Difficult as it may be to relate to such an arcane notion today, the ability to compose and perform brow-furrowing music of fractal intricacy was seen as an end in itself – and a badge of honor – for prog musicians in the early 70s. But even within this indulgent (and indulged) realm, Gentle Giant were on a different scale of accomplishment altogether. Founding brothers Derek, Phil, and Ray Shulman had already tasted fleeting chart success with the momentarily modish Simon Dupree & The Big Sound, but that group’s winningly febrile soul-pop-with-psych-trimmings provided approximately no clues as to the direction the Shulmans would pursue after forming Gentle Giant, in 1969, and embarking on a formidable journey that would see them create albums the likes of Three Friends, Octopus, and The Power And The Glory.
Signed to the Vertigo imprint, and enlisting the aid of guitarist Gary Green, multi-instrumentalist Kerry Minnear (a graduate of the Royal College Of Music) and drummer Martin Smith, the Shulmans wasted no time in establishing Gentle Giant as a musical throwdown – a forbidding (if exhilarating) showcase for a confounding skill set that saw the band members mastering almost 50 instruments between them.
By the time their third album, Three Friends, was released, on April 14, 1972, drummer Martin Smith had been replaced by the redoubtable Malcolm Mortimore, and the band’s reputation for assembling fascinatingly labyrinthine arrangements, bristling with intricate counter-melodies and shifting tempos, was already well established.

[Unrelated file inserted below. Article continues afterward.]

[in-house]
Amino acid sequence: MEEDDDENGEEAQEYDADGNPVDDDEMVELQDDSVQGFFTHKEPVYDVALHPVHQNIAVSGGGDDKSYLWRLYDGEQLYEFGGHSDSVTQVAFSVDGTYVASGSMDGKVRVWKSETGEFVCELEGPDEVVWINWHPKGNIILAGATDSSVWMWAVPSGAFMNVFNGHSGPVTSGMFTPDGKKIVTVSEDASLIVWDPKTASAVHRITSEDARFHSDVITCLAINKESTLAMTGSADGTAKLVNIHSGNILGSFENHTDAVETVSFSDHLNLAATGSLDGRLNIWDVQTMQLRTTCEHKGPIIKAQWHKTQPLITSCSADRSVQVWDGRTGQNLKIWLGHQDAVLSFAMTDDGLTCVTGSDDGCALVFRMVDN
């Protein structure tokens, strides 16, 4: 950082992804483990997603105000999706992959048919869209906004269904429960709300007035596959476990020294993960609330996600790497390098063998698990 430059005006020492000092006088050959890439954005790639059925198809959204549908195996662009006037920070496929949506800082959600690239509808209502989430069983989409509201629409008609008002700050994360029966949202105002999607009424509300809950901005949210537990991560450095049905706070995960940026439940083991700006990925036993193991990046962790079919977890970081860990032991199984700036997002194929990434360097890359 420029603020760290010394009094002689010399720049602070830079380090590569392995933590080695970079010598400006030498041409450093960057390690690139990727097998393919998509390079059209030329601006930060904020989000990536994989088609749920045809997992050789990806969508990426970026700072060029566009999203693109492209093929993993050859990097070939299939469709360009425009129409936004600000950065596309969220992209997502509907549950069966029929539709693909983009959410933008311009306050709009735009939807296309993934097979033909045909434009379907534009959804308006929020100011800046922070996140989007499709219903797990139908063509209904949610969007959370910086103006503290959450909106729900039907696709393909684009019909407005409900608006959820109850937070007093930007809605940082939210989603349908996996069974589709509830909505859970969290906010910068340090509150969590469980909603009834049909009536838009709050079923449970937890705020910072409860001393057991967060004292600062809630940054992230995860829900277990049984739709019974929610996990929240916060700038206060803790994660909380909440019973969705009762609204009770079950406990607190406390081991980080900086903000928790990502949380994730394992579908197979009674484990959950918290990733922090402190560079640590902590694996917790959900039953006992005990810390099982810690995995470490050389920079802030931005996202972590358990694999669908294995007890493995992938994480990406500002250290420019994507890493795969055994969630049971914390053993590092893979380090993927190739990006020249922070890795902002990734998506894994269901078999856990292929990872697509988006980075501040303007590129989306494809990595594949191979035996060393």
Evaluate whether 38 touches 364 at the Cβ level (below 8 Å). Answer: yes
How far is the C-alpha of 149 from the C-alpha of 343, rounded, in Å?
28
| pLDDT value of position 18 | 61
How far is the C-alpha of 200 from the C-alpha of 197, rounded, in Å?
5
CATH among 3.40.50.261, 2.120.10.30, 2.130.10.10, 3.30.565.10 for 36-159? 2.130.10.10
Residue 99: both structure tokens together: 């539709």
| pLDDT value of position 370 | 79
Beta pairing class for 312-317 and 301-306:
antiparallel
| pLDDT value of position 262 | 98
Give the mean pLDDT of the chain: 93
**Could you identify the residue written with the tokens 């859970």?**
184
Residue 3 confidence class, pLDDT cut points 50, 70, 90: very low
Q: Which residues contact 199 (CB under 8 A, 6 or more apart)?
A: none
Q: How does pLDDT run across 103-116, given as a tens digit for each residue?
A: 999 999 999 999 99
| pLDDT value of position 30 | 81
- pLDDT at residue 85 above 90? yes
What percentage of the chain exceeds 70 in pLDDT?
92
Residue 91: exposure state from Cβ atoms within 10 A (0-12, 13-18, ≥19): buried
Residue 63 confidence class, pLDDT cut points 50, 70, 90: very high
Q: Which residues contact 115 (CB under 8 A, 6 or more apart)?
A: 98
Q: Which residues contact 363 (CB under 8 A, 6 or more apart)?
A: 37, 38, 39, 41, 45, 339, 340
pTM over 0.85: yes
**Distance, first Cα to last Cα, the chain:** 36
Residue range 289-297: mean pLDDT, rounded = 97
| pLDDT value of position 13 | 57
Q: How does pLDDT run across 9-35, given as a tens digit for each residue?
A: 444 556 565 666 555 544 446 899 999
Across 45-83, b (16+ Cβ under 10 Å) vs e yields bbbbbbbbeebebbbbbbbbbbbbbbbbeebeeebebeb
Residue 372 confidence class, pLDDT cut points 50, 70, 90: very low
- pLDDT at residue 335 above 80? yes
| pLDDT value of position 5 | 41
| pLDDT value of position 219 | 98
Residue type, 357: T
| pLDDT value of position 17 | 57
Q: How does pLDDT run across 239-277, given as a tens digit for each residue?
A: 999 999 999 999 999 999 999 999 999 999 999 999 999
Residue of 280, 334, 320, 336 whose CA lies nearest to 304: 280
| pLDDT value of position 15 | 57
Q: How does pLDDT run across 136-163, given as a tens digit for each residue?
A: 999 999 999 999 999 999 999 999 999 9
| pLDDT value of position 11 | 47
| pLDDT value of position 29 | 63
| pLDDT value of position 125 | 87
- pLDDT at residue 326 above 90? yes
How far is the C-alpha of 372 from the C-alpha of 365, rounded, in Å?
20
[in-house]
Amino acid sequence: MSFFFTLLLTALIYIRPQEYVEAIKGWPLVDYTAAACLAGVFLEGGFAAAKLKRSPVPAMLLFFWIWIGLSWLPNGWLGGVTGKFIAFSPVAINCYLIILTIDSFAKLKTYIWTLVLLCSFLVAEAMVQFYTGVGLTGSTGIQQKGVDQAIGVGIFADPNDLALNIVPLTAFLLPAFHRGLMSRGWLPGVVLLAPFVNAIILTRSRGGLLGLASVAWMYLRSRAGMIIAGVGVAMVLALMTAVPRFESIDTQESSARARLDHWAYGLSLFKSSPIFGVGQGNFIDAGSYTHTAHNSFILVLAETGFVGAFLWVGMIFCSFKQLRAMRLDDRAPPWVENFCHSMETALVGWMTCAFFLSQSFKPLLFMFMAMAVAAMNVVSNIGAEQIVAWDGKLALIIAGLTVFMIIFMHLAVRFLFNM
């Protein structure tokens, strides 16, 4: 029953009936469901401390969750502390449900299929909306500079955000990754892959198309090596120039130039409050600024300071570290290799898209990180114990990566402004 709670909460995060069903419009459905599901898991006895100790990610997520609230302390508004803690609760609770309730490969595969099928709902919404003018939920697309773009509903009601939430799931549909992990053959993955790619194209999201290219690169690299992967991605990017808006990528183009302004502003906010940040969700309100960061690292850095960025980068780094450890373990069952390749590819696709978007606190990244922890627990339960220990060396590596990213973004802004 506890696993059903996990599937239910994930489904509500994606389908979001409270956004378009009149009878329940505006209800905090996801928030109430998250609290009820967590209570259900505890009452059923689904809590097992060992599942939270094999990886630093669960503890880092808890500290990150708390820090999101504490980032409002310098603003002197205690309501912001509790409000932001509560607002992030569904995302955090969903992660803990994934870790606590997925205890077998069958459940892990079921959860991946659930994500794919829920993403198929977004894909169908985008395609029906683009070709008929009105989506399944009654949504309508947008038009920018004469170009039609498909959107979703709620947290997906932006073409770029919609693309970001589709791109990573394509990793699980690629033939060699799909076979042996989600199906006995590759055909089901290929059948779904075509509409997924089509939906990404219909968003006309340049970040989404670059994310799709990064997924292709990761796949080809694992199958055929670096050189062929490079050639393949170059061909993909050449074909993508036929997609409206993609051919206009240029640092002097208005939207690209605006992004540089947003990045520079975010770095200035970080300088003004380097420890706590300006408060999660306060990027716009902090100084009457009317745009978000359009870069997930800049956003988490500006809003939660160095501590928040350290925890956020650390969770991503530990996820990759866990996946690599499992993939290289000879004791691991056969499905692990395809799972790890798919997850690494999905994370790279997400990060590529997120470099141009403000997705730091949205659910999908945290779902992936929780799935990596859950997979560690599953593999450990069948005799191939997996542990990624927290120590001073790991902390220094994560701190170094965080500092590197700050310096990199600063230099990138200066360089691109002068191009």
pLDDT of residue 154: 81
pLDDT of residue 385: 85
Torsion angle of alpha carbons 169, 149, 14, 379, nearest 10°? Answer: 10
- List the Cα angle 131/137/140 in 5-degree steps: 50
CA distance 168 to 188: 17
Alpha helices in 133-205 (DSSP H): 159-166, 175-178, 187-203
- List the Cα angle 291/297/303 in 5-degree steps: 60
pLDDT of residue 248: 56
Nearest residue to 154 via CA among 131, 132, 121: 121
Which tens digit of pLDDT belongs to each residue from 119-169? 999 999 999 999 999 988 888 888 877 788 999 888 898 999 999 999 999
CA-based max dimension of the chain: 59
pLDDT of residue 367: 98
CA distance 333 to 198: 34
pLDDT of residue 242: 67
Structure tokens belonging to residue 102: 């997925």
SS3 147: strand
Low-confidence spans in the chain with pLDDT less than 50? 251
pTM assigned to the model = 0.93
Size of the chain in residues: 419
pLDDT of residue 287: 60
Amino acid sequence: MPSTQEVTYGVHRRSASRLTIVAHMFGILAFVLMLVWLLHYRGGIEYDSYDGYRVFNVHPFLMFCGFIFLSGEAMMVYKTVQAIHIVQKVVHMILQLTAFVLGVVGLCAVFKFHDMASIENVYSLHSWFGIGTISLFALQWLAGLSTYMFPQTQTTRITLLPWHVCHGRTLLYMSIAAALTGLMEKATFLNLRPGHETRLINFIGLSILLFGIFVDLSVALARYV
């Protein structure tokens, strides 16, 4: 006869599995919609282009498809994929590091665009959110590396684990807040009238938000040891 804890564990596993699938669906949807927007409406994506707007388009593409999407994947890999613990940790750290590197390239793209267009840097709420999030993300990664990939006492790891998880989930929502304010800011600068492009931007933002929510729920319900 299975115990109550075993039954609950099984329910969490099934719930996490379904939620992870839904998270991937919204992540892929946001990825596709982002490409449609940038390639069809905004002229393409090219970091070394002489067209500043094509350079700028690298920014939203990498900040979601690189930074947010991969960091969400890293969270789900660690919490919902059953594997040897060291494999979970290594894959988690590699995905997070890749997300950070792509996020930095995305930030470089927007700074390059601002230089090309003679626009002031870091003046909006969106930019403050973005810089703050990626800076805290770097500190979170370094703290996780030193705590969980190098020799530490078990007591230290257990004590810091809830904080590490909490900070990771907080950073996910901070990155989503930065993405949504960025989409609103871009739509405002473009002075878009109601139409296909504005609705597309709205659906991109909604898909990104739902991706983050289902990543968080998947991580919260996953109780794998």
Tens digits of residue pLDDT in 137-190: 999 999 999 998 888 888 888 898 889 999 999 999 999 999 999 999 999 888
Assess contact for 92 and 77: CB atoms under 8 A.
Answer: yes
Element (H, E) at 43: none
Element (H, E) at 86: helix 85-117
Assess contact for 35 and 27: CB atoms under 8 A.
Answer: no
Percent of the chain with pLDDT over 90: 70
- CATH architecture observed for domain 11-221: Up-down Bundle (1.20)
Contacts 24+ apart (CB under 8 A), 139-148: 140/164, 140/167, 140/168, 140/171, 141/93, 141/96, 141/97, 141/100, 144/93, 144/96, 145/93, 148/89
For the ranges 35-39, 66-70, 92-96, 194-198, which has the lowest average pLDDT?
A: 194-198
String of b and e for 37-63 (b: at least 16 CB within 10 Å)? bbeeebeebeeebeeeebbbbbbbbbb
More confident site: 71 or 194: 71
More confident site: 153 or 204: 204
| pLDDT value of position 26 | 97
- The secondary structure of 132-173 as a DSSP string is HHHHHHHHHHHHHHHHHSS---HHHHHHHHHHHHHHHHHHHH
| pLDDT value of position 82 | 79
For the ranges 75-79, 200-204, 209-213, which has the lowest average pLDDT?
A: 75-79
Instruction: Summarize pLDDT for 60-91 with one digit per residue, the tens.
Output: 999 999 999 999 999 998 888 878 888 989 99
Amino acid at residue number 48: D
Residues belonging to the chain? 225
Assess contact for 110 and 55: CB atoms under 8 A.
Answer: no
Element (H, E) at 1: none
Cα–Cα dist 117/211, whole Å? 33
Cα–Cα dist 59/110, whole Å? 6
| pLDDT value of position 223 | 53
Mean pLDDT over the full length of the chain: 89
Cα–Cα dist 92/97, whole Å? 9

However, the irony in this instance was that the premise underlying Three Friends, the band’s first concept piece, was simplicity itself. According to the original sleevenotes, the album’s six songs trace the contrasting fortunes of three individuals who were “friends at school but inevitably separated by chance, skill, and fate.” As such, the strident introductory “Prologue” acts as a musical proscenium arch, and the airy “Schooldays” – built upon Kerry Minnear’s pulsing, shimmering vibraphone – forms the notional backdrop.
The remaining tracks, meanwhile, follow the friends into the wider world. One becomes a road mender (“Working All Day”), another becomes an artist (“Peel The Paint”), and the third becomes a captain of industry (“Mister Class And Quality”). The concluding title track discreetly ponders the inevitable class distinctions: the only time the three friends were in the same class was at school.
A well-loved entry in Gentle Giant’s portfolio, Three Friends bequeathed an enduring and emblematic showpiece in “Peel The Paint” – not least because of Gary Green’s bonfire of a solo, which takes full advantage of an Echoplex borrowed (according to reliable legend) from Mike Ratledge of Soft Machine.